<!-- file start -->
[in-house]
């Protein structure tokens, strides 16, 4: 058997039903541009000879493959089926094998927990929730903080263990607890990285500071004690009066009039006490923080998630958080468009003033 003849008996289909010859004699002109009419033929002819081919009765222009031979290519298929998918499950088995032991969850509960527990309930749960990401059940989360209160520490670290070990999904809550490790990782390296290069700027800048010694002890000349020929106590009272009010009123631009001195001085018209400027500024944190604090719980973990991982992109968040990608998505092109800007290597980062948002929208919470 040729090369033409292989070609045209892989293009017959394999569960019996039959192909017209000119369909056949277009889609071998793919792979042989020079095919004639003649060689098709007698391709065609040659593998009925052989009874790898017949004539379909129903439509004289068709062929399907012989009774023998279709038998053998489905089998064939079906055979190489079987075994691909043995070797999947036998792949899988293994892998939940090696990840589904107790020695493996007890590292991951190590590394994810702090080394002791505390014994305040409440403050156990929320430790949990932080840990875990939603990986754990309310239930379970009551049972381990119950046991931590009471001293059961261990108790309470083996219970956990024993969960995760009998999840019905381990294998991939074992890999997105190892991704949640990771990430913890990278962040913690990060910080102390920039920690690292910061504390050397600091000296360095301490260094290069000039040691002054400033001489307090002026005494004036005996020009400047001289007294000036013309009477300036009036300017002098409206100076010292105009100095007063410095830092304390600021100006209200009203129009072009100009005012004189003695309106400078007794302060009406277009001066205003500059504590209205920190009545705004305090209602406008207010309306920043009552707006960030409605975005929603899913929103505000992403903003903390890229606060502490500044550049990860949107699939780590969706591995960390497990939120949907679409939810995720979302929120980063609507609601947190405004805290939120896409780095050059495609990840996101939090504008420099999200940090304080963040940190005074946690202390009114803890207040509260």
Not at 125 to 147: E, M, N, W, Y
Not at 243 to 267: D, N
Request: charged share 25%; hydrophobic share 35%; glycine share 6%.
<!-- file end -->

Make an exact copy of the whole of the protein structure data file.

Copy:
[in-house]
């Protein structure tokens, strides 16, 4: 058997039903541009000879493959089926094998927990929730903080263990607890990285500071004690009066009039006490923080998630958080468009003033 003849008996289909010859004699002109009419033929002819081919009765222009031979290519298929998918499950088995032991969850509960527990309930749960990401059940989360209160520490670290070990999904809550490790990782390296290069700027800048010694002890000349020929106590009272009010009123631009001195001085018209400027500024944190604090719980973990991982992109968040990608998505092109800007290597980062948002929208919470 040729090369033409292989070609045209892989293009017959394999569960019996039959192909017209000119369909056949277009889609071998793919792979042989020079095919004639003649060689098709007698391709065609040659593998009925052989009874790898017949004539379909129903439509004289068709062929399907012989009774023998279709038998053998489905089998064939079906055979190489079987075994691909043995070797999947036998792949899988293994892998939940090696990840589904107790020695493996007890590292991951190590590394994810702090080394002791505390014994305040409440403050156990929320430790949990932080840990875990939603990986754990309310239930379970009551049972381990119950046991931590009471001293059961261990108790309470083996219970956990024993969960995760009998999840019905381990294998991939074992890999997105190892991704949640990771990430913890990278962040913690990060910080102390920039920690690292910061504390050397600091000296360095301490260094290069000039040691002054400033001489307090002026005494004036005996020009400047001289007294000036013309009477300036009036300017002098409206100076010292105009100095007063410095830092304390600021100006209200009203129009072009100009005012004189003695309106400078007794302060009406277009001066205003500059504590209205920190009545705004305090209602406008207010309306920043009552707006960030409605975005929603899913929103505000992403903003903390890229606060502490500044550049990860949107699939780590969706591995960390497990939120949907679409939810995720979302929120980063609507609601947190405004805290939120896409780095050059495609990840996101939090504008420099999200940090304080963040940190005074946690202390009114803890207040509260």
Not at 125 to 147: E, M, N, W, Y
Not at 243 to 267: D, N
Request: charged share 25%; hydrophobic share 35%; glycine share 6%.